How Much HD Do We Need?

Published On March 19, 2012 | By Mike Carroll | DSLR, John Cassavetes, Naked Filmmaking


With my Canon 7D, Rode Videomic and Zoom H4 shooting behind-the-scenes of "Stolen Moments"--also being filmed with a Canon 7D.

Over the past few months, since the announcements of the new RED Epic and Scarlet and the Canon C300digital cinema cameras, and now with all the buzz about the 2K Digital Bolex, various people have asked me (and this is an amalgam of these conversations):

“So, Mike, which one are you going to get? The Canon or the RED Scarlet?”

“Neither. I’m sticking with my Canon 7D?”

“Huh? But don’t you want the raw 4:4:4 files?”

“What for?”

“So your picture looks great up on a big screen.”

“Nobody’s going to be throwing my films up on the big screen. They did at festivals, but that’s as far as indie cinema goes.”

“Well, we’re looking at investing in one of these for our films –- so we can attract theatrical distribution.”

“Nobody’s going to give you theatrical distribution. That’s dead.”

“But what about Steven Soderbergh and Contagion? That was shot on a RED Epic and that’s in theaters.”

“That’s because it’s Soderbergh and he’s backed by the studios. The theater chains want studio movies, blockbusters, mainstream entertainment. That’s what sells tickets—not niche independent films.”

“What about Peter Jackson and the new Hobbit movies? Those are being shot on RED.”

“So what? Peter Jackson’s got a studio sinking $100 million or much, much more. They’re doing that because he’s Peter Jackson—not because he’s doing it on a RED.”

“But you’re a camera guy. You don’t want to shoot on a RED or the new Canon? Why stick with the Canon 7D?”

“Because it’s paid for. How are you going to pay for the RED Epic and all the add-ons you’re going to need?”

“Well, we’re looking for investors.”

“I don’t believe in investors. I don’t think it’s moral to use other people’s money to pay for my playtime.”

A tricked out Canon 7D being used by the Sacramento-based Malmberg Brothers to shoot Elixabeth Nunziato's film "Stolen Moments."

I would love to shoot with the RED Epic or a Scarlet. From what I’ve read they sound like perfect cinema cameras. Small, simple, compact, unobtrusive. I would love to have one. But I could not personally justify such an extravagance.

If I were a freelance commercial photographer/D.P. where my livelihood was earned by shooting projects and getting paid very nicely for it — and where I would be charging out the use of my gear to the producers of those projects -– then yes, absolutely. The RED Epic or the Canon C300 would be a dream camera to own. A well-know independent D.P. like Philip Bloom is a perfect example of someone who has a legitimate use for that type of gear.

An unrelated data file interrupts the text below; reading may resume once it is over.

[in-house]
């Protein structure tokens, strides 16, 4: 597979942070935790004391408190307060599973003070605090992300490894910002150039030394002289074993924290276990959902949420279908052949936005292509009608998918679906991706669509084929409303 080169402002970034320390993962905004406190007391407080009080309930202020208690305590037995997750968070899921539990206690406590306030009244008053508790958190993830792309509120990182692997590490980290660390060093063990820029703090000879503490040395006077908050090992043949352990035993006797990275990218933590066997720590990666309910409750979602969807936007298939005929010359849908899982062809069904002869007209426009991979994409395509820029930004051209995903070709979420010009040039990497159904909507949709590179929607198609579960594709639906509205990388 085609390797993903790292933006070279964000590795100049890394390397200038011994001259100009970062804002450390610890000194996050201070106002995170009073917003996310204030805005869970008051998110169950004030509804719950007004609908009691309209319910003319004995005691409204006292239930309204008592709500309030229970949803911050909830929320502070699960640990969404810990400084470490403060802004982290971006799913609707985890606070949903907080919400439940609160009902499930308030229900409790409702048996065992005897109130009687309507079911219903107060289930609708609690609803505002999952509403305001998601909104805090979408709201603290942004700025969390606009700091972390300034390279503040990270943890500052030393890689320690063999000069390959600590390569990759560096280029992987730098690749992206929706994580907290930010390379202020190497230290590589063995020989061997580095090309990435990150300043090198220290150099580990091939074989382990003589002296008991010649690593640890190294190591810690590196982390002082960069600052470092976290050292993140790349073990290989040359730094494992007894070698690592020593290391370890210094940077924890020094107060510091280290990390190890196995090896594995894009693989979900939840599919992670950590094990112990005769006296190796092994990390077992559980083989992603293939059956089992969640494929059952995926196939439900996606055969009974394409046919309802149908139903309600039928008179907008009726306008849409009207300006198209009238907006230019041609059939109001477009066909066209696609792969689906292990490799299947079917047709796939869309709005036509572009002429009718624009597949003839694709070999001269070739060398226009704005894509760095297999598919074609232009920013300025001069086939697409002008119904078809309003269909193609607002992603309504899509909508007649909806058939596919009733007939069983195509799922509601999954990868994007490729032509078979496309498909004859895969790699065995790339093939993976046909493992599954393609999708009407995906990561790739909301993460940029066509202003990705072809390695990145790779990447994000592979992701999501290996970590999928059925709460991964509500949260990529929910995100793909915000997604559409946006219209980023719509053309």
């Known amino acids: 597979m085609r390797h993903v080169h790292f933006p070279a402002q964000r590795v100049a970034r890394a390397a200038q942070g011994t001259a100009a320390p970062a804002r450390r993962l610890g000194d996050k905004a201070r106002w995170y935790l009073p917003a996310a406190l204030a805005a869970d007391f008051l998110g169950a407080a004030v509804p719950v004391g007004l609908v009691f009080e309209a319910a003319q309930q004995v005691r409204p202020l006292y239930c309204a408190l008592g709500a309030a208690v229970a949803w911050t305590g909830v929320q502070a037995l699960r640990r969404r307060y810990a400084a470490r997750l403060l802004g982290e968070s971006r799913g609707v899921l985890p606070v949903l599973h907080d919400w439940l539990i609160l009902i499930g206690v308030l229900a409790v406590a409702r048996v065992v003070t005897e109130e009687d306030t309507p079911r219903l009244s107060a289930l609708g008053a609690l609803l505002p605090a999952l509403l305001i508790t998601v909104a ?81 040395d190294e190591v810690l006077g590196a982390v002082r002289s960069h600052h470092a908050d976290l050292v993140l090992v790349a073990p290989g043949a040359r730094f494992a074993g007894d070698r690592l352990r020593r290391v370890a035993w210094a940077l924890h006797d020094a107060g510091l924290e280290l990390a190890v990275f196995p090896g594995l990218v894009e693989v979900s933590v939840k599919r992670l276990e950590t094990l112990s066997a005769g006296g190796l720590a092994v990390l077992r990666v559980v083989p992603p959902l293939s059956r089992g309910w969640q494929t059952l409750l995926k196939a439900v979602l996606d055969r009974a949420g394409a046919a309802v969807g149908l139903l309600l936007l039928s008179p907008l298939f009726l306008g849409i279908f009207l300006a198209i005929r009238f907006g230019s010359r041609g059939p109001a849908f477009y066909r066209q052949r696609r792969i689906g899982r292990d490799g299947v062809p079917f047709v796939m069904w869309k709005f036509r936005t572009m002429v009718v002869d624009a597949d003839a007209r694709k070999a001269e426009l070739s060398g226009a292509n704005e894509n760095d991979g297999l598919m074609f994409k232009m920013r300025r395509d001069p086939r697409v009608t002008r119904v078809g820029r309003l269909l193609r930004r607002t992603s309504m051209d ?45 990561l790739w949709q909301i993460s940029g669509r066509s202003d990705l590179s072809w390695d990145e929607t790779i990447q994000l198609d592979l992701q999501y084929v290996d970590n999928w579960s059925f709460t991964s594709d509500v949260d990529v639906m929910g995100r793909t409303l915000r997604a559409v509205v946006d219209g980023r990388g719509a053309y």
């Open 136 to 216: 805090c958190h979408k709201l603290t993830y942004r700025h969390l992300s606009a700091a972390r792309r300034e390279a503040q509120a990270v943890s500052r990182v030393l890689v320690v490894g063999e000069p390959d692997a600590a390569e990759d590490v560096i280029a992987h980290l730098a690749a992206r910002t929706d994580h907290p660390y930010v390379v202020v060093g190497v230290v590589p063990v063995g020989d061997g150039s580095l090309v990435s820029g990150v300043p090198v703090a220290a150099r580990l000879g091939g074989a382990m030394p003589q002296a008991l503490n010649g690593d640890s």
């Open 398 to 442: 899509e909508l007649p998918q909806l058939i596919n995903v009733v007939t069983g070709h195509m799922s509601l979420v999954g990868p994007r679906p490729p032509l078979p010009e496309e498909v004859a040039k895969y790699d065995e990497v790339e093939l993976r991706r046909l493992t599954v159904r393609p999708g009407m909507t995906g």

But I’m not that kind of filmmaker. I have a paying gig as a TV news photographer/photojournalist/shooter and my film ventures are made on my own time at my own expense.

My role model on these projects, as I have stated in my book Naked Filmmaking, has been John Cassavetes. At a time in the mid-1960s, when movies were being made in 35mm color, he independently made Faces, one of his two masterpieces (the other being A Woman Under The Influence), in the mid-Sixties with $200,000 of his own money using a secondhand Éclair NPR and black & white 16mm film. He didn’t worry about making a film that was technically competitive with the films of the day. Cassavetes focused on making a film that unlike other films and focused on acting, life and honesty. His attitude was that anybody can get enough people together to make a film that is technically well-crafted. But not nobody was making films that were real, outside of documentaries, that were looking at the human condition and emotion. Faces went on to be a financial and critical success, as well as earning several Oscar nominations.

It’s also worth noting that people like Philip Bloom who have made big names for themselves blogging about the gear available and what they shoot with, are professional D.P.s. They also significantly supplement their income by holding workshops and sharing their knowledge with people who are willing to pay large tuitions. There are a large number of people who come to believe that through their association with someone who has made a name for themselves, that they, too, are qualified to be in that same circle and similar success will start flowing their way.


There is a misbegotten belief that if you are making a film and shooting it on the same type of camera as the big guys that you are making a big film as well and will receive the same kind of recognition and financial rewards and success as the big filmmakers.

Of course, this is an image that’s promoted by the makers and sellers of all these jazzy and very expensive new cameras.

And why? Because these expensive new cameras will make you a better filmmaker?

No!!! Because it will sell more cameras! It’s what ad men do—they sell dreams. (Hasn’t anybody learned anything from Madmen?)